The distinction is a significant one. For the Frankfurt school theorists Theodor Adorno and Max Horkheimer, who attempted to draw a line between Enlightenment and totalitarianism, inherent in the Enlightenment was the sacrifice of the self to the self, the surrendering of subjectivity as the means of achieving subjectivity. In Marxist terms this fulfillment of subjectivity was oneness with objectivity, with the grand narrative, with the momentum of History. For these Marxist intellectuals, the desire to become one with History was the fulfillment of their narcissism, their guilt, and their self-hatred.
What made possible this desire – and attempt – to surrender subjectivity as a means of self-actualization was not only Hegelian teleology, but also Marxist totality. On this latter question Žižek follows very much the tradition of the Hungarian philosopher Georg Lukács. Both came to see totality as the defining feature of Marxism. For Lukács the critical distinction between Marxist thought and bourgeois thought was precisely Marxism’s notion of “the all-pervasive supremacy of the whole over the parts.”_23 Žižek understands similarly the Marxist revolution as “a situation of metaphorical condensation in which it finally becomes clear to the everyday consciousness that it is not possible to solve any particular question without solving them all.”_24 That is, once one is (or was) “inside” of Marxism, there is no way out, it purports to explain everything._ 25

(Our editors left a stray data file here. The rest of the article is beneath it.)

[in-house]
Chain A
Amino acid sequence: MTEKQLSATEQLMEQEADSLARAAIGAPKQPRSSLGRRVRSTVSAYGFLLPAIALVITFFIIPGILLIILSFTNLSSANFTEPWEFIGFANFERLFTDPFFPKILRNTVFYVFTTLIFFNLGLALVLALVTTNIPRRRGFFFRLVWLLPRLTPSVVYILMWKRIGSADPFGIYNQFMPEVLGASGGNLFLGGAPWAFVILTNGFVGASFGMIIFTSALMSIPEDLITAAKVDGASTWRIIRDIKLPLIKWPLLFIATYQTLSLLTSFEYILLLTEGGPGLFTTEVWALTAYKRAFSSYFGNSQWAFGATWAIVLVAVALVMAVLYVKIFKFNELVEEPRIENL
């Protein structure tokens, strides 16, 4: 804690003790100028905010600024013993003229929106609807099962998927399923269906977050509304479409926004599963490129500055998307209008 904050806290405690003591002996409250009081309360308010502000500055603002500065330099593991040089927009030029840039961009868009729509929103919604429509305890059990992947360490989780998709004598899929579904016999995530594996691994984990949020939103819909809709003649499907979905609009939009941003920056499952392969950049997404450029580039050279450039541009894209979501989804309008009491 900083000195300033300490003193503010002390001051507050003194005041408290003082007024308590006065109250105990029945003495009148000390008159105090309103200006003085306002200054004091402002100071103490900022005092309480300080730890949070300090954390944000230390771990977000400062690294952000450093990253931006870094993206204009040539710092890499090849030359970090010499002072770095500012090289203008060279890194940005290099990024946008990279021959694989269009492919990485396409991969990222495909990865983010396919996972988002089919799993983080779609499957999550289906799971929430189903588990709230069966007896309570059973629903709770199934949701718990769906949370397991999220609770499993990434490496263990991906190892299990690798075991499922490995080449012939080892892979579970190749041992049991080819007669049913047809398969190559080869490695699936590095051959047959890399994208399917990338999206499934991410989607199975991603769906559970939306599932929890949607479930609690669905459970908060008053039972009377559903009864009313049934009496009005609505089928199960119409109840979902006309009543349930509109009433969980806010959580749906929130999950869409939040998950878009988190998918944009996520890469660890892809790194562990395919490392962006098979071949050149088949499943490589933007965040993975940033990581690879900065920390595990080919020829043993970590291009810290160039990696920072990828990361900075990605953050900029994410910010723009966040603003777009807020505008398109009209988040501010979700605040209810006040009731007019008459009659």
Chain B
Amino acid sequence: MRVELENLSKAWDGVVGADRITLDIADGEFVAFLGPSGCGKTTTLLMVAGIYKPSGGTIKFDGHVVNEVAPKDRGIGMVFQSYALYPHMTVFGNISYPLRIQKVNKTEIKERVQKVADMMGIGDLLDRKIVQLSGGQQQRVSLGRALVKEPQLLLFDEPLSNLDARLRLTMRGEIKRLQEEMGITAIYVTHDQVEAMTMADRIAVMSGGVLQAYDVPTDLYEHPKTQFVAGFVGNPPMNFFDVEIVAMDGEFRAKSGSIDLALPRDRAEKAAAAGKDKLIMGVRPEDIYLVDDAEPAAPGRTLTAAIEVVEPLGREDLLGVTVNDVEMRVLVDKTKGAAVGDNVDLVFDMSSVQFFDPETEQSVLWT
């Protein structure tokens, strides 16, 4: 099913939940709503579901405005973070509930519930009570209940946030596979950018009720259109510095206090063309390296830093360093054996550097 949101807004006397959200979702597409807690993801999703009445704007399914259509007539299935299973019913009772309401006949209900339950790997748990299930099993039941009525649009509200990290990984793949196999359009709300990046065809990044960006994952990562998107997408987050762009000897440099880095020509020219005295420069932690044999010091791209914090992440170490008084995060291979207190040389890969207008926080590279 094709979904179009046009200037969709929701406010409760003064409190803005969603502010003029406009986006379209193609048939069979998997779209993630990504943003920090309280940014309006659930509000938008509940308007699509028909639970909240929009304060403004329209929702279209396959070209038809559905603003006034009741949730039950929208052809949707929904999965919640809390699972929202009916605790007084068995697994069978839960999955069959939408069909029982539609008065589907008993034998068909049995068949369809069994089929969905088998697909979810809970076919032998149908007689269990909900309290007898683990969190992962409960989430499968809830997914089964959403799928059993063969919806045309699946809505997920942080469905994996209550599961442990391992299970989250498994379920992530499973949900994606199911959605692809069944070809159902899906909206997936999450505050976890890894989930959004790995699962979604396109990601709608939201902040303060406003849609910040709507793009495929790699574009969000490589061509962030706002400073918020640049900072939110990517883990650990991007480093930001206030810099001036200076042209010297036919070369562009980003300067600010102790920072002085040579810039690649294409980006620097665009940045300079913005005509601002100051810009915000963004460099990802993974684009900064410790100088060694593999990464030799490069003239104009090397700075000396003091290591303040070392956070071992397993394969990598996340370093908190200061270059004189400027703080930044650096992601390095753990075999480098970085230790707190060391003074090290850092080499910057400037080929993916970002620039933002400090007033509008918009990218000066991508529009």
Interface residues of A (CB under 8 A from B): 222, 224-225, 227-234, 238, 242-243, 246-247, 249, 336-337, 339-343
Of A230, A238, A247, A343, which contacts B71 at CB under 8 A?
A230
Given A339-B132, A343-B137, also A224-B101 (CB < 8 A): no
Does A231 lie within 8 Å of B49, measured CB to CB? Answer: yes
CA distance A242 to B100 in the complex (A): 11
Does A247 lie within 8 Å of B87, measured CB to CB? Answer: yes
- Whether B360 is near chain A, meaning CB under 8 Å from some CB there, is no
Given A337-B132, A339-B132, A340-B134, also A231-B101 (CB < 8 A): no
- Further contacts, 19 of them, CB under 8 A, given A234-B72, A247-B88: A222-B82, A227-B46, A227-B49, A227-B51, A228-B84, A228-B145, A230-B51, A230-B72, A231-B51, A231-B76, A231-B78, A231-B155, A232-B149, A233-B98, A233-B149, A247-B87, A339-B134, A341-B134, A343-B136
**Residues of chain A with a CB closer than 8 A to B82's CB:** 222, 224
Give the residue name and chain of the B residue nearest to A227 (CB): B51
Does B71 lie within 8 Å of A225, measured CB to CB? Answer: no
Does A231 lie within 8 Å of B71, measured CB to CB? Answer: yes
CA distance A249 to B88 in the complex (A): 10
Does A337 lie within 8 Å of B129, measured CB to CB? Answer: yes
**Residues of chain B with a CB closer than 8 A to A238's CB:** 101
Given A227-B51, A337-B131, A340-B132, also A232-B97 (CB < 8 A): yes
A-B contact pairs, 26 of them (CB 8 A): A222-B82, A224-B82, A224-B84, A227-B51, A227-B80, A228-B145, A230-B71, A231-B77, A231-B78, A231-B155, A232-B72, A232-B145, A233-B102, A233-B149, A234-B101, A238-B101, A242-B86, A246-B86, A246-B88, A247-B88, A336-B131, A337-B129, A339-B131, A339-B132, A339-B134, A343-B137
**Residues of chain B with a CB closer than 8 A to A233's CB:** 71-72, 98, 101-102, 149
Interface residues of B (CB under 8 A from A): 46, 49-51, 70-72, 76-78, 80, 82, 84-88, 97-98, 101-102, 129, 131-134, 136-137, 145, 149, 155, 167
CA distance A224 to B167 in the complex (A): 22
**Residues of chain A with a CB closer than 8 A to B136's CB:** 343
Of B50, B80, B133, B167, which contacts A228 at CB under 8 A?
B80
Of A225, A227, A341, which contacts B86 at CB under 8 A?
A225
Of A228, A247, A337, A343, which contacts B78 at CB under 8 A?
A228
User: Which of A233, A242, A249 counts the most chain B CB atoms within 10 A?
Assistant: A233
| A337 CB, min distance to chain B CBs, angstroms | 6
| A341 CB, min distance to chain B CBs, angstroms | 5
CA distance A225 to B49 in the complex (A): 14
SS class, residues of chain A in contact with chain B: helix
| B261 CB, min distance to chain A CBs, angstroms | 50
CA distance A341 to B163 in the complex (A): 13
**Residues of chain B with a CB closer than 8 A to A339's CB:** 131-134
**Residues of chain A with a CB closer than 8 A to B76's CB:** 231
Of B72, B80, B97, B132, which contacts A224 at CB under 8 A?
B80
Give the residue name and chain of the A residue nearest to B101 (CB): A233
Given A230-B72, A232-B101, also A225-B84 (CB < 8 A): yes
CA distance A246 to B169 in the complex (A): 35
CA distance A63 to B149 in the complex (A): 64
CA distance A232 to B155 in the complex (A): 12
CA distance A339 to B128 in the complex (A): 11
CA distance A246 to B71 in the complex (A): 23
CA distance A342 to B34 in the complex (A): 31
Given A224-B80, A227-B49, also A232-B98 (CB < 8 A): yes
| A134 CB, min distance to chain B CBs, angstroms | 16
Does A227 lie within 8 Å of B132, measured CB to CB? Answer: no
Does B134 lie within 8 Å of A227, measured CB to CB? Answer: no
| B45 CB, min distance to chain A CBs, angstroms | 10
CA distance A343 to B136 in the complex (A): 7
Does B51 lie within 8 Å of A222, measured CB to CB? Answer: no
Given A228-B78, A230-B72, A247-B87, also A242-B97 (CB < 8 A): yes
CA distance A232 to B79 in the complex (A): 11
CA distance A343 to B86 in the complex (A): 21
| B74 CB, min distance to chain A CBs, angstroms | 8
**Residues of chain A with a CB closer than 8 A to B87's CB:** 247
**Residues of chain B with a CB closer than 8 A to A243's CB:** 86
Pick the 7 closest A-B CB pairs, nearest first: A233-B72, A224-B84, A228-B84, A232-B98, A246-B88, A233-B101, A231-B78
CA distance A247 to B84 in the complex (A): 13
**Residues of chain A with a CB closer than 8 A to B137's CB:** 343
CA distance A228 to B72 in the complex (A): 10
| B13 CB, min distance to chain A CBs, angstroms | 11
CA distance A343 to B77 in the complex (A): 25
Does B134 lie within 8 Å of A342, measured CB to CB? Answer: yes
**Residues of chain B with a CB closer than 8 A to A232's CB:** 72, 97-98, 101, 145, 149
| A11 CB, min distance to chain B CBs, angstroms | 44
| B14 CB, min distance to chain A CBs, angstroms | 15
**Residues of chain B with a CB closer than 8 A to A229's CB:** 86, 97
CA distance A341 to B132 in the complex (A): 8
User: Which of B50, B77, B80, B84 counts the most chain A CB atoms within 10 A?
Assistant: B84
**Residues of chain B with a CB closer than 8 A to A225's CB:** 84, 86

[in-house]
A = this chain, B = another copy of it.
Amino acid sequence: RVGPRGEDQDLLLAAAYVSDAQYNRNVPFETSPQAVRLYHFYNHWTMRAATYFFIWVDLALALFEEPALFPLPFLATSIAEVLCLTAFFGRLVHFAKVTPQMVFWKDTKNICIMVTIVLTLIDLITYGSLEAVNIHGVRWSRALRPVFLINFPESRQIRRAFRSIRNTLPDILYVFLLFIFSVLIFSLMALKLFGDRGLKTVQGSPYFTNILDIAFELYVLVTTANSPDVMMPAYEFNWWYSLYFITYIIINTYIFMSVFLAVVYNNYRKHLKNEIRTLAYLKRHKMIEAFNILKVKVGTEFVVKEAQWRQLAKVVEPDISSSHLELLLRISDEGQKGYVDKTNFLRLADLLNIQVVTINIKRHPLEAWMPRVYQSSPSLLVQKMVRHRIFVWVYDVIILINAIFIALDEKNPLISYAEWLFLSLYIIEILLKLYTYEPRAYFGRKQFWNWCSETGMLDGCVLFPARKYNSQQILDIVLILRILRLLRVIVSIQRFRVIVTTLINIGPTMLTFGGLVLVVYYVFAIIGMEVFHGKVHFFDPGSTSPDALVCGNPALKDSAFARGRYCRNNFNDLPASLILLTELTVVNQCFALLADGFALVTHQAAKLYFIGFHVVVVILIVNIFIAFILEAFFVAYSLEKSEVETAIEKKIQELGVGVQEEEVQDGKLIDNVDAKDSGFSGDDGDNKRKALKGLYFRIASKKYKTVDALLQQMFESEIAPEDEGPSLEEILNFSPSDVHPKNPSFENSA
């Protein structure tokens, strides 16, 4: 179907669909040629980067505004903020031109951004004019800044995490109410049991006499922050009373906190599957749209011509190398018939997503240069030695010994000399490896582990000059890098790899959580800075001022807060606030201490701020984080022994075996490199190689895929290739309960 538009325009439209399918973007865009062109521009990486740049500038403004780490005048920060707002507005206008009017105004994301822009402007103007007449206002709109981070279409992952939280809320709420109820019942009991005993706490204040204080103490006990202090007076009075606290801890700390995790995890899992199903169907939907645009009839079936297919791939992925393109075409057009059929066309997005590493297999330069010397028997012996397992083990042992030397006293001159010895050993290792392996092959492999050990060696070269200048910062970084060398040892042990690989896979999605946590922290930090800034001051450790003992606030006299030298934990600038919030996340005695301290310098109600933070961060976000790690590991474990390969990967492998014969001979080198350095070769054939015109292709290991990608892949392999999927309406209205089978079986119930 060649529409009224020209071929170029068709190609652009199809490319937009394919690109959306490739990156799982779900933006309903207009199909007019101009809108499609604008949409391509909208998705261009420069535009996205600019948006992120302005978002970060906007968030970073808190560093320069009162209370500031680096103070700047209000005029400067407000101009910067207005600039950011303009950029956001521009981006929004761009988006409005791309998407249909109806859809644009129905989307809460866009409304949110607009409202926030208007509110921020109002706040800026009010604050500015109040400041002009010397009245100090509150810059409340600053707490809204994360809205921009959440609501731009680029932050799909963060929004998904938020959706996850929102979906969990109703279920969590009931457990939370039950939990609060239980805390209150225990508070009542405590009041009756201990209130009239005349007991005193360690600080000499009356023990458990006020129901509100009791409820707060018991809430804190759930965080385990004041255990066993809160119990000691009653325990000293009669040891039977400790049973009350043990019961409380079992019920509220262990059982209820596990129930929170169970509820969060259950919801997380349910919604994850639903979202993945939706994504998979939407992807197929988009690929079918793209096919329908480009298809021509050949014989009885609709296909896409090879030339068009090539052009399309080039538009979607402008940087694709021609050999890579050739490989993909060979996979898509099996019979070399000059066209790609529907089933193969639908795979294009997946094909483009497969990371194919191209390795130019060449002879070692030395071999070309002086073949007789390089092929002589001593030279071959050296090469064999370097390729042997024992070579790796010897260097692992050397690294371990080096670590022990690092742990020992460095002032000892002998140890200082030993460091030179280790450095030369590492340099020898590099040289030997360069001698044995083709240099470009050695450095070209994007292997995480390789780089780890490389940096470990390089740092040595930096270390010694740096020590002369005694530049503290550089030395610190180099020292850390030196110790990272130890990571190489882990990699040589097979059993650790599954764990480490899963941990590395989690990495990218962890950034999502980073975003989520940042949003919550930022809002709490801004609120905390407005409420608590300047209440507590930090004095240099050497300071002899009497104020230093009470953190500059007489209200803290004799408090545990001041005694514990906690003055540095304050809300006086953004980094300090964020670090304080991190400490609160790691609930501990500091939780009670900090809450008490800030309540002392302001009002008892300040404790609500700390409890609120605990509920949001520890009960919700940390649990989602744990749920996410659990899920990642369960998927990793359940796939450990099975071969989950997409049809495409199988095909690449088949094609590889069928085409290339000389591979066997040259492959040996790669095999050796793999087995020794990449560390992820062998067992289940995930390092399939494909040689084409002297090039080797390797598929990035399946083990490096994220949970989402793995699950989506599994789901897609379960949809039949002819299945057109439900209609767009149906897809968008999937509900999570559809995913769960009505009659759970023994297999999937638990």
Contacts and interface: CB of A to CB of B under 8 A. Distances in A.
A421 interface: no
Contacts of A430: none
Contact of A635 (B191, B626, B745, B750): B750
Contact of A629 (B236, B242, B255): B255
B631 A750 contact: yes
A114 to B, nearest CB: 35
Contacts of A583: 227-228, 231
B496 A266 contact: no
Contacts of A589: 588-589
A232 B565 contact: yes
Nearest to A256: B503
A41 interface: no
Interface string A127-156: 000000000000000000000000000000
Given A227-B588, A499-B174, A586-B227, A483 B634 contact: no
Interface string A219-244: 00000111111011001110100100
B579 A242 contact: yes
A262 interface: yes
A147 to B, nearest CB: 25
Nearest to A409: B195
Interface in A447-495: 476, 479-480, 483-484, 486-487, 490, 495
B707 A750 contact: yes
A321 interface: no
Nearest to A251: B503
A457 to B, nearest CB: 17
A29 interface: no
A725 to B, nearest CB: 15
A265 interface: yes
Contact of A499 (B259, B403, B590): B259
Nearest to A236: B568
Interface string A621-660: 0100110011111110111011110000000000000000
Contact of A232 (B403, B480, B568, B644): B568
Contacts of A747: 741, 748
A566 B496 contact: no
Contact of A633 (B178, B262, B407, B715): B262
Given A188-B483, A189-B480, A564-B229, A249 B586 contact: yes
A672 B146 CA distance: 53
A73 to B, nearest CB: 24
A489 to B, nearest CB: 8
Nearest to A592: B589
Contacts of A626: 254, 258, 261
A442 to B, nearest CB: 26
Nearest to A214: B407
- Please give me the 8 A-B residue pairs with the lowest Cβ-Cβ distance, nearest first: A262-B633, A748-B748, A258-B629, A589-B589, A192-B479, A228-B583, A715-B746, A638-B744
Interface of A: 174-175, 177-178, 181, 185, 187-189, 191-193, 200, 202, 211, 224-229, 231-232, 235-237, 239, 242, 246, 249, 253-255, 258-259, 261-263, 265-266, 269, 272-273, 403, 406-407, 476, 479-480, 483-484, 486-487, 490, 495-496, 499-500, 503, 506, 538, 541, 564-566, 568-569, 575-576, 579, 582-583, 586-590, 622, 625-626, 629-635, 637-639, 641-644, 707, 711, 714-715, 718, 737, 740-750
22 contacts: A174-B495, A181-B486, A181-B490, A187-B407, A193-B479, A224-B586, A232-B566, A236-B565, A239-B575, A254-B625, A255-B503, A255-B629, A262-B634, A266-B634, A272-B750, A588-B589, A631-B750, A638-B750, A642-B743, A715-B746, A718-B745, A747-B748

“Ich finde die ‘K’ häßlich, sie widern mich fast an und ich schriebe sie doch, sie müssen für mich sehr charakteristisch sein” (I find the letter K offensive, it almost disgusts me, and yet I use it; this must be very characteristic of me), wrote Kafka is in his diary in May 1914._26 The following April he wrote, “Vollständiges Versinken in mich, Denken an mich. Stumpf, gedankenlos, ängstlich” (Complete sinking into myself, thinking about myself. Blunt, unreflecting, anxious)._27 Self-absorption – as Franz Kafka knew – can torment.
In psychoanalysis, unlike Marxism, there is no ultimate solution. Unlike the material world, the psychological self is doomed to torment. Freud himself sees no escape: civilization is built on repression, there is no other way. Psychoanalysis might perhaps alleviate some of the symptoms, but success can only ever be partial. The self is doomed to perpetual struggle between conscience and instinct. Its existence at any moment can only ever be a tentative negotiation. The tension in Žižek, like in the Polish avant-garde poets – is between this attraction to the totality of Marxism and the simultaneous experience of the fragmented self. Žižek understands well that the psychological (psychoanalytic) subject is alienated, crossed out, divided: “The basic feature of the Lacanian subject is,” – in Žižek’s words – “of course, is alienation in the signifier: as soon as the subject is caught in the radically external signifying network he is mortified, dismembered, divided.”_28 Lukács was similarly a materialist with a psychological understanding of totality, the subject’s eternal (and eternally unfulfilled) desire for unity: “[The] question of totality,” Lukács writes, “is the constant center of the transcendental dialectic. God, the soul, etc., are nothing but mythological expressions to denote the unified subject.”_29